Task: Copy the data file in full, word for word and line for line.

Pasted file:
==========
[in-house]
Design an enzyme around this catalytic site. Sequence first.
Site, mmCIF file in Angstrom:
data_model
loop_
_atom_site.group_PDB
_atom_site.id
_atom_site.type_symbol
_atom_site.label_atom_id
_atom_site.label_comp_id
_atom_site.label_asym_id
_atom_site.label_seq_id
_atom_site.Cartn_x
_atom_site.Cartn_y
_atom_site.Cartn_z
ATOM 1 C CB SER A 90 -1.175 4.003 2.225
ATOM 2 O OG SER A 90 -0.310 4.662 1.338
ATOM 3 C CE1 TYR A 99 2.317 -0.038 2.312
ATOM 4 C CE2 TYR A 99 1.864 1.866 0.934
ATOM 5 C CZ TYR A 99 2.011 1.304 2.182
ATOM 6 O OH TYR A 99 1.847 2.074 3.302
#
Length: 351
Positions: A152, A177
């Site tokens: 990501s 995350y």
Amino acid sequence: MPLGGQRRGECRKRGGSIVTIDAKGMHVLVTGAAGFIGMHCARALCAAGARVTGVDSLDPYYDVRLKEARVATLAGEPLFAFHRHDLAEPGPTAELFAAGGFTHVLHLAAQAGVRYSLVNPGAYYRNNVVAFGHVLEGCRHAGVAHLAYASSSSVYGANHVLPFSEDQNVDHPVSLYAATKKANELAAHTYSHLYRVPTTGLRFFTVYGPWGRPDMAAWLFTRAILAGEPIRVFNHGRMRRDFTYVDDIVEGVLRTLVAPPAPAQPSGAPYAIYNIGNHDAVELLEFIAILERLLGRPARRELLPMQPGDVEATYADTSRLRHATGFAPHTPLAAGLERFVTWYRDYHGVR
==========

[in-house]
Design an enzyme around this catalytic site. Sequence first.
Site, mmCIF file in Angstrom:
data_model
loop_
_atom_site.group_PDB
_atom_site.id
_atom_site.type_symbol
_atom_site.label_atom_id
_atom_site.label_comp_id
_atom_site.label_asym_id
_atom_site.label_seq_id
_atom_site.Cartn_x
_atom_site.Cartn_y
_atom_site.Cartn_z
ATOM 1 C CB SER A 90 -1.175 4.003 2.225
ATOM 2 O OG SER A 90 -0.310 4.662 1.338
ATOM 3 C CE1 TYR A 99 2.317 -0.038 2.312
ATOM 4 C CE2 TYR A 99 1.864 1.866 0.934
ATOM 5 C CZ TYR A 99 2.011 1.304 2.182
ATOM 6 O OH TYR A 99 1.847 2.074 3.302
#
Length: 351
Positions: A152, A177
């Site tokens: 990501s 995350y």
Amino acid sequence: MPLGGQRRGECRKRGGSIVTIDAKGMHVLVTGAAGFIGMHCARALCAAGARVTGVDSLDPYYDVRLKEARVATLAGEPLFAFHRHDLAEPGPTAELFAAGGFTHVLHLAAQAGVRYSLVNPGAYYRNNVVAFGHVLEGCRHAGVAHLAYASSSSVYGANHVLPFSEDQNVDHPVSLYAATKKANELAAHTYSHLYRVPTTGLRFFTVYGPWGRPDMAAWLFTRAILAGEPIRVFNHGRMRRDFTYVDDIVEGVLRTLVAPPAPAQPSGAPYAIYNIGNHDAVELLEFIAILERLLGRPARRELLPMQPGDVEATYADTSRLRHATGFAPHTPLAAGLERFVTWYRDYHGVR